See You Next TuesdayHD Closed Captioning
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About the Movie
Mona (Eleanore Pienta) is a mentally unbalanced and very pregnant young woman in a hideous orange coat. Without any friends to speak of and alienated from her hoochie mama coworkers at a crummy Brooklyn supermarket, Mona maintains a strangely close relationship with her campy, recovering alcoholic mother May (Dana Eskelson). Mona's sister Jordan (Molly Plunk) is an unemployable party girl, estranged from May and making life hell for her increasingly fed up girlfriend Sylve (Keisha Zollar). In the final days of her pregnancy, Mona draws her mother, sister, and anybody who happens to get caught in her wake into her hectic life as she drifts further from reality.
Rotten Tomatoes Movie Reviews
- Reviews Counted: 7
- Fresh: 6
- Rotten: 1
- Average Rating: 8.8/10
Top Critics' Reviews
Fresh: The actresses bring heart and nuance to their characters, whose verbal pushing and shoving go with their sisterly and maternal bonds.
Fresh: One of the most refreshing things about See You Next Tuesday is its refusal to regard Mona as a tragic subject to be lamented from a dramatic remove.
Fresh: A black comedy that offers no apologies for its dysfunctional characters and scorched-earth dialogue.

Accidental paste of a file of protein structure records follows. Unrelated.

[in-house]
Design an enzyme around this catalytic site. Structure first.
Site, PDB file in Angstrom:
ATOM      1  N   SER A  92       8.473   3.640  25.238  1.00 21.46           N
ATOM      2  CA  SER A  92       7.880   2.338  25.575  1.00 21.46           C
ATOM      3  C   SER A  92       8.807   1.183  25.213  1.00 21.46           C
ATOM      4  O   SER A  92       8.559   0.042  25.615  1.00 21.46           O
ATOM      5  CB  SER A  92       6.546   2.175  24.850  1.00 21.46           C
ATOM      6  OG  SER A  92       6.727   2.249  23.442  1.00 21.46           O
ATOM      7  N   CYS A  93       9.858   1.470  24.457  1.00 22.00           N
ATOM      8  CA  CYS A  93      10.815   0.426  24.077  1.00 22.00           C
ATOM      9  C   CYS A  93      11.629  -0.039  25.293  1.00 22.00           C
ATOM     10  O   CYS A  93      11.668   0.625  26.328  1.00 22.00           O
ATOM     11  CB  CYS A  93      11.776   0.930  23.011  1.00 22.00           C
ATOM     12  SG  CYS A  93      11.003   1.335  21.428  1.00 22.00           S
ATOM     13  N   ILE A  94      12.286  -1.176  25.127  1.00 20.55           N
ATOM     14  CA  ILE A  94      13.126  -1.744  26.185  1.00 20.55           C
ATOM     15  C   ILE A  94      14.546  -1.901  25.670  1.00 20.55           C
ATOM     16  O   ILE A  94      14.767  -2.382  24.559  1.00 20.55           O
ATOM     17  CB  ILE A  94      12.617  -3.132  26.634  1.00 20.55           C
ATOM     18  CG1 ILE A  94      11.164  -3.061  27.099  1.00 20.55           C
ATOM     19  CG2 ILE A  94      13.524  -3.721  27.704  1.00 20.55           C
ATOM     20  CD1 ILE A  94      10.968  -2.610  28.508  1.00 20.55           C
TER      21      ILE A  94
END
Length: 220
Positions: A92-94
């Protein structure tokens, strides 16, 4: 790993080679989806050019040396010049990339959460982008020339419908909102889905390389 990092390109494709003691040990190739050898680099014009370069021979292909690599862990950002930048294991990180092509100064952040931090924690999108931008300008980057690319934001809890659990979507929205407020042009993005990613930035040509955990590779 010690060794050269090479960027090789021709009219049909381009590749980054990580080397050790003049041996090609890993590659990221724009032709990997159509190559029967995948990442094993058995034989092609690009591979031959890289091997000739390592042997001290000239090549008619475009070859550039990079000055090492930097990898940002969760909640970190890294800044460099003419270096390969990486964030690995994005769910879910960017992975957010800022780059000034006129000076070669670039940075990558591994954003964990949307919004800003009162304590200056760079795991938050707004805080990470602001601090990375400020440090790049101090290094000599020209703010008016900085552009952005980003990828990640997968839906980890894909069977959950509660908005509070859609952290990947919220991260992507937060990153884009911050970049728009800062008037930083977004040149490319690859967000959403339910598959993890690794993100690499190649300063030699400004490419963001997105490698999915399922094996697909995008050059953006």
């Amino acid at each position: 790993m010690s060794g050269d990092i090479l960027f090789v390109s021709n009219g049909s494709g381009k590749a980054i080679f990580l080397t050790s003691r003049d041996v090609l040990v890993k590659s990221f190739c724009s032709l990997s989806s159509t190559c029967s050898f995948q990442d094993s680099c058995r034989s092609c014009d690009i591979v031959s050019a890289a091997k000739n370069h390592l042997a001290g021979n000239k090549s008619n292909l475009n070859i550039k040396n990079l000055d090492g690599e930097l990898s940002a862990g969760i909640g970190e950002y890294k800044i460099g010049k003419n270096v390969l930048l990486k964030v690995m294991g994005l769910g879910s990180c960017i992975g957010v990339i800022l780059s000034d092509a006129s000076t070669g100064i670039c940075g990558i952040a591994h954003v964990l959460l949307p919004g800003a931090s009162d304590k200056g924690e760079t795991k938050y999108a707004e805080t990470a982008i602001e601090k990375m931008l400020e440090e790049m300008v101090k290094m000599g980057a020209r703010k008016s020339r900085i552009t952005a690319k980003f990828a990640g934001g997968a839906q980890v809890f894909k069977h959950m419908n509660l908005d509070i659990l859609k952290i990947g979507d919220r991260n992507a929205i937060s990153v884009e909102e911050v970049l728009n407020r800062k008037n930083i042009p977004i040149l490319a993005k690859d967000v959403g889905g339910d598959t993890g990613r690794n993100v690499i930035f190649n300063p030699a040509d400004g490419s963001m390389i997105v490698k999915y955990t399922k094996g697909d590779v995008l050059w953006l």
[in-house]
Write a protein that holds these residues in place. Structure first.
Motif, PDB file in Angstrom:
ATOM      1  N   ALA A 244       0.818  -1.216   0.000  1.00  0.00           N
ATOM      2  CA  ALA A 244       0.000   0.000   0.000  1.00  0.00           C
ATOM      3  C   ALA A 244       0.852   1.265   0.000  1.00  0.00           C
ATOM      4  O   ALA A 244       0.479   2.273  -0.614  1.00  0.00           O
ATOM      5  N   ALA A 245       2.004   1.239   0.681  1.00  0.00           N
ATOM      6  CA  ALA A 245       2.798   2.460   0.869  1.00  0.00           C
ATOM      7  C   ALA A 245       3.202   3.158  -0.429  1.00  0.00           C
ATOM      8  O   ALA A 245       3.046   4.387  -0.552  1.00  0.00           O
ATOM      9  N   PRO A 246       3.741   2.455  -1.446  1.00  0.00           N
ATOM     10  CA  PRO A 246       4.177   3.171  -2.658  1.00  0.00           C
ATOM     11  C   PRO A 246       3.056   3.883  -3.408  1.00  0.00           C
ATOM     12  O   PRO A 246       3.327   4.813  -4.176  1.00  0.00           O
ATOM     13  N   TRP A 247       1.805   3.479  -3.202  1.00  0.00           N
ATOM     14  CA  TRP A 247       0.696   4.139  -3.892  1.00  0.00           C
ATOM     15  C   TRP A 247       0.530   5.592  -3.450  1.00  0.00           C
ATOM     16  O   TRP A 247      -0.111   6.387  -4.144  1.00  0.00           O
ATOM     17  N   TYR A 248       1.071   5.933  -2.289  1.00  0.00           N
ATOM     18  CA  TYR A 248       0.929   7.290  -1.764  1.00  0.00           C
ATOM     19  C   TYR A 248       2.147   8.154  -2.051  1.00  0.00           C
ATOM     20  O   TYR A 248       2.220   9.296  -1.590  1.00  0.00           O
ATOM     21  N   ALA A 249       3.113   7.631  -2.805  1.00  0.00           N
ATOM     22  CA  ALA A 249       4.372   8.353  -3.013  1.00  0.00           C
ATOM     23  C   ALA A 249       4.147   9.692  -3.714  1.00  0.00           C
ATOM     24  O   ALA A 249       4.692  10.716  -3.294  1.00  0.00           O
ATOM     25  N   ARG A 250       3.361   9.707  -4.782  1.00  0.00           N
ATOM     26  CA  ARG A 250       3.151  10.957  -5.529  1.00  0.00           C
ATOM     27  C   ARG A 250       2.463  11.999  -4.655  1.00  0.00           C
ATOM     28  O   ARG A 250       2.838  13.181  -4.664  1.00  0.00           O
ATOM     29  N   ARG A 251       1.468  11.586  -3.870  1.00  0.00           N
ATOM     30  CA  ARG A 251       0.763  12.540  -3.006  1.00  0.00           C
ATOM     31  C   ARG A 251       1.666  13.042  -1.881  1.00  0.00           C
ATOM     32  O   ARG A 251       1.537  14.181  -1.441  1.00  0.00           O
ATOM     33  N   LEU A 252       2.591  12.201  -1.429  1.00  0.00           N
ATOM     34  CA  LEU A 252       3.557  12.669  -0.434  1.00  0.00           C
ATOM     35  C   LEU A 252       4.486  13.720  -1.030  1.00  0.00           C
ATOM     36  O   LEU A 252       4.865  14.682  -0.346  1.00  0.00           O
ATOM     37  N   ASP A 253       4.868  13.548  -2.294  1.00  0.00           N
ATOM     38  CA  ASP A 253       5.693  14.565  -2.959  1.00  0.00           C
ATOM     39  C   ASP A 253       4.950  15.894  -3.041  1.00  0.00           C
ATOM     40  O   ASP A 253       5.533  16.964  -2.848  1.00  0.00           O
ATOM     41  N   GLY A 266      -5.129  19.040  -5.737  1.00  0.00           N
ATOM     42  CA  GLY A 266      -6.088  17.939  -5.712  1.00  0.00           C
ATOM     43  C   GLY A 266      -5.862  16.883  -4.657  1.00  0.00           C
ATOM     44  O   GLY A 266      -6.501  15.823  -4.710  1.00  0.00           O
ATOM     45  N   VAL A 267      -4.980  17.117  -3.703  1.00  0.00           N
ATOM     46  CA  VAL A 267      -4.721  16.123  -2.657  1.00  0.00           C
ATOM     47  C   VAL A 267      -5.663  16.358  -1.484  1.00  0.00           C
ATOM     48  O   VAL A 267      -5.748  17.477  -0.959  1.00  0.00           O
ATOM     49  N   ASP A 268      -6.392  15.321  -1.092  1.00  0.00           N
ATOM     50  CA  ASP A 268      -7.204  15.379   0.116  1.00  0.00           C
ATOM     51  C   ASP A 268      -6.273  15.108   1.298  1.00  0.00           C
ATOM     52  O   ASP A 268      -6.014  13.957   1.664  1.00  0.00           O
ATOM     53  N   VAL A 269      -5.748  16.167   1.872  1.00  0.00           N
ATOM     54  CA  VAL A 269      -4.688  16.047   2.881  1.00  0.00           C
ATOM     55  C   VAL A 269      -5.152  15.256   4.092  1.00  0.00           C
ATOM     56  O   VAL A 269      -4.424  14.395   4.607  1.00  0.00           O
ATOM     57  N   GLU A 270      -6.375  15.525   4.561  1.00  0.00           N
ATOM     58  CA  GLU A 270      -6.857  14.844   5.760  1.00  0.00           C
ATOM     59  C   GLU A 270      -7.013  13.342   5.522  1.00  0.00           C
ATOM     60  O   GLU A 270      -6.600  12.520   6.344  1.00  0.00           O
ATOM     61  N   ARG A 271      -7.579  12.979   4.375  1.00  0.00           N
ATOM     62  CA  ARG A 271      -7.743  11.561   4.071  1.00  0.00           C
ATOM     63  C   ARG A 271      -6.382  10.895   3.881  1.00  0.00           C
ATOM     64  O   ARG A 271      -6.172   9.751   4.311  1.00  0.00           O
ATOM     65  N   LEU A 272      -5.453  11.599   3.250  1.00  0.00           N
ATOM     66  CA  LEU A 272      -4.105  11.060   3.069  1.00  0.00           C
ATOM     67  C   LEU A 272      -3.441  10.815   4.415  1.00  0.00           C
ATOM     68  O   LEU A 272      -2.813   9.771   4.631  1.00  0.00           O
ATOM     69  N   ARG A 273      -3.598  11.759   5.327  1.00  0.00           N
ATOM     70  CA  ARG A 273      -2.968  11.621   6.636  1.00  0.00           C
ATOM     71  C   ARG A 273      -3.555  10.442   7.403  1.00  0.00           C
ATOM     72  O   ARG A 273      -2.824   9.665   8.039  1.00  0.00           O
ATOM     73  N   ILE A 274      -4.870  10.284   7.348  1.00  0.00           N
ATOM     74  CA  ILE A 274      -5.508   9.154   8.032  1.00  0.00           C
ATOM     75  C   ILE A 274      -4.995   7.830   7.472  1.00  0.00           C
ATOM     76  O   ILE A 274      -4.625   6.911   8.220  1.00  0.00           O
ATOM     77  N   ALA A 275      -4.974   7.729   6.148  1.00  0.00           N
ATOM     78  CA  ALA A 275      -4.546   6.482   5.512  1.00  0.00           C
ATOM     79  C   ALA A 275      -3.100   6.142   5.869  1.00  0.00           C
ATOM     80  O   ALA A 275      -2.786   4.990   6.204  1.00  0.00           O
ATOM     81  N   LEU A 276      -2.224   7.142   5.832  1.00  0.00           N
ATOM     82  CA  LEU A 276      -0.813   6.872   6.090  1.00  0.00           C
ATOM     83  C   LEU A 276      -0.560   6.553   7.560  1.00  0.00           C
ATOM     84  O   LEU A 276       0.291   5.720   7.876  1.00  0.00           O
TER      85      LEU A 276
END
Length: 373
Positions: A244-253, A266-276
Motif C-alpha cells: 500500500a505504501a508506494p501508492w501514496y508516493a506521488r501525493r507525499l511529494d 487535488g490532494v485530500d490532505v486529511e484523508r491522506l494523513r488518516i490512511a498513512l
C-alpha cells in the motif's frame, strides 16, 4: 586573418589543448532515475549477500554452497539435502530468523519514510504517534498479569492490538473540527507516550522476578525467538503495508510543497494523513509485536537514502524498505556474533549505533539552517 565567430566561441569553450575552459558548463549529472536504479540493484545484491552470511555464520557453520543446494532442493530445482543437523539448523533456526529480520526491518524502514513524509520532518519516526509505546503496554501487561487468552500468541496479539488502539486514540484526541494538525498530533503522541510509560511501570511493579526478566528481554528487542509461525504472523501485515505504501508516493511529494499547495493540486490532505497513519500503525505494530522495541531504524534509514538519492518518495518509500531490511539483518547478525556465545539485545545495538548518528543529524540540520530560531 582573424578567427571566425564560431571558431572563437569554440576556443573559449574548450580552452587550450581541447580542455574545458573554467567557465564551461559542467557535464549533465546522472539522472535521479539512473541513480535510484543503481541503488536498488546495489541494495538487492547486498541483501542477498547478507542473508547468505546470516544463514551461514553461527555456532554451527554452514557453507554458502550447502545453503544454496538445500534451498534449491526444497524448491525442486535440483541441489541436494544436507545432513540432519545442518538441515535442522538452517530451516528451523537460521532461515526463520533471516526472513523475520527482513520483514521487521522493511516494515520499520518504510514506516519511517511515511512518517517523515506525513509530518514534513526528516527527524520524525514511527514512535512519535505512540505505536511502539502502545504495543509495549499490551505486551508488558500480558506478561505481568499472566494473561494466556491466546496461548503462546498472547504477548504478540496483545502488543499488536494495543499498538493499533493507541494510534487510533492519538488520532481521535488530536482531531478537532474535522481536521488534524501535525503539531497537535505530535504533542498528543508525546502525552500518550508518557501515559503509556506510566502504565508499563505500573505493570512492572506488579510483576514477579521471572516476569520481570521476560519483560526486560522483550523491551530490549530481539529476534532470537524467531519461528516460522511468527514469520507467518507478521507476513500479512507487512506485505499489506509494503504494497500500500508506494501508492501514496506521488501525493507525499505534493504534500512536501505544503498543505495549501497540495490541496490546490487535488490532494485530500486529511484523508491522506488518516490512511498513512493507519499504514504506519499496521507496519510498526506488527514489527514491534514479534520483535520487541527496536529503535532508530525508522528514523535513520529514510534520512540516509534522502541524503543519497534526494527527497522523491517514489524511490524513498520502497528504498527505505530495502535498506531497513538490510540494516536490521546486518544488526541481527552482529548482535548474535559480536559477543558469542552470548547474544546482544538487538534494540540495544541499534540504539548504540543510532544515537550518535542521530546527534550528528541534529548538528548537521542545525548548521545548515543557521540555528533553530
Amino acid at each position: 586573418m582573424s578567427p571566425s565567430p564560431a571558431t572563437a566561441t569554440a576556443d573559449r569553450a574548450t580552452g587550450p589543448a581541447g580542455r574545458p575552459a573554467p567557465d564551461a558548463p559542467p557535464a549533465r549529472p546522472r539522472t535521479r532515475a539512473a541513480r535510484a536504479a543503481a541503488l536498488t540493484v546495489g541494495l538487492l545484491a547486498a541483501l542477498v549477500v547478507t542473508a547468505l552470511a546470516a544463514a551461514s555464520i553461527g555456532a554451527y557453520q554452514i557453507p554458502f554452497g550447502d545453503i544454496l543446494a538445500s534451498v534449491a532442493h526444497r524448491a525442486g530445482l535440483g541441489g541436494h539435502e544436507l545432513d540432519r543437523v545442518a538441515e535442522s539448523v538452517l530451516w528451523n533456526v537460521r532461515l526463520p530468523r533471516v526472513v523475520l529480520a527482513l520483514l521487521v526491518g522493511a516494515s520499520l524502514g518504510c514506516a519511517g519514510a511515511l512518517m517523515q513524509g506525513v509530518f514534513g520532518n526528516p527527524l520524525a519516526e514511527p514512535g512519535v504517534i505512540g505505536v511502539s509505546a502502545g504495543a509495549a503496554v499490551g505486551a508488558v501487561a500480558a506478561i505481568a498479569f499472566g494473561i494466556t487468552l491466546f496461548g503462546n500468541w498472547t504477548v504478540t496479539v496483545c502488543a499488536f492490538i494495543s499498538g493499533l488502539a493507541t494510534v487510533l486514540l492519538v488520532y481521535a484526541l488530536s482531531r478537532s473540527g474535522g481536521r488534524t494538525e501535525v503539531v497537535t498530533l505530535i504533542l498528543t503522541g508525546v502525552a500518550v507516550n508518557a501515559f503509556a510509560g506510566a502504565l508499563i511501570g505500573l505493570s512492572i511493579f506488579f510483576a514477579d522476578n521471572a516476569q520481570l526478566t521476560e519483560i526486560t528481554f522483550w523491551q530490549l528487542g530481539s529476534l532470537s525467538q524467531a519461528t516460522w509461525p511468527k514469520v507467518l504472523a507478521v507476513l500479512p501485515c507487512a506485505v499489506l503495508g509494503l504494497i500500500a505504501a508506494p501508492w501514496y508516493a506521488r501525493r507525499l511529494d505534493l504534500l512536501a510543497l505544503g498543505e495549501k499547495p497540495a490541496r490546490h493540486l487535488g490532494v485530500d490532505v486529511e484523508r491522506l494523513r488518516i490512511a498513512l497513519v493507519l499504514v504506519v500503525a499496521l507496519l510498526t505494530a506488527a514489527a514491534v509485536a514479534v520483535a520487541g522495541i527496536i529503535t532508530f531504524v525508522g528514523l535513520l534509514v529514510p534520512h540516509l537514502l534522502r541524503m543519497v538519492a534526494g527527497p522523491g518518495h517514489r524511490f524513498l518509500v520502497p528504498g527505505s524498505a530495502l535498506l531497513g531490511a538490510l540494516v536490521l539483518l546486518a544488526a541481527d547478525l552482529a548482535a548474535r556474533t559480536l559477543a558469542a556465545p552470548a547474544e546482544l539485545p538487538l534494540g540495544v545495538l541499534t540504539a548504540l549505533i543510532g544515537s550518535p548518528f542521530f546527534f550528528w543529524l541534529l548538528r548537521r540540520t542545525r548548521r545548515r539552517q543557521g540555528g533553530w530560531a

Fresh: Tuesday locks the viewer into a disturbed character's head space, generating terror from the possibility it will erupt upon the world at large.
No matter which way I look or think about it -- I just love this twisted little movie.
As a dark comedy, it works. As a study of human eccentricity it works. As a study of lesbian friendships, bonds and love set in the modern urban world, it works. As a study of a an off-beat person who may or may not be headed toward a full-on mental breakdown, it works.
It is aggressively profane, transgressive and somehow poignant all at once. Nearly every character who comes into Mona’s world is struggling to find a place and voice in a culture that continues to marginalize anyone who fails to comfortably fit into White Patriarchal Society, It is rare to see a film so funny have this much to say. It is sort of like what might happen if John Waters and Susan Sontag had created some secret love child.
Most importantly, the actors bring it all to life and Tobia has crafted a film that holds unique place in Queer Film, Feminist Film, Film Theory and Independent Film in general. Sadly, it has yet to connect to its audience. I highly recommend it.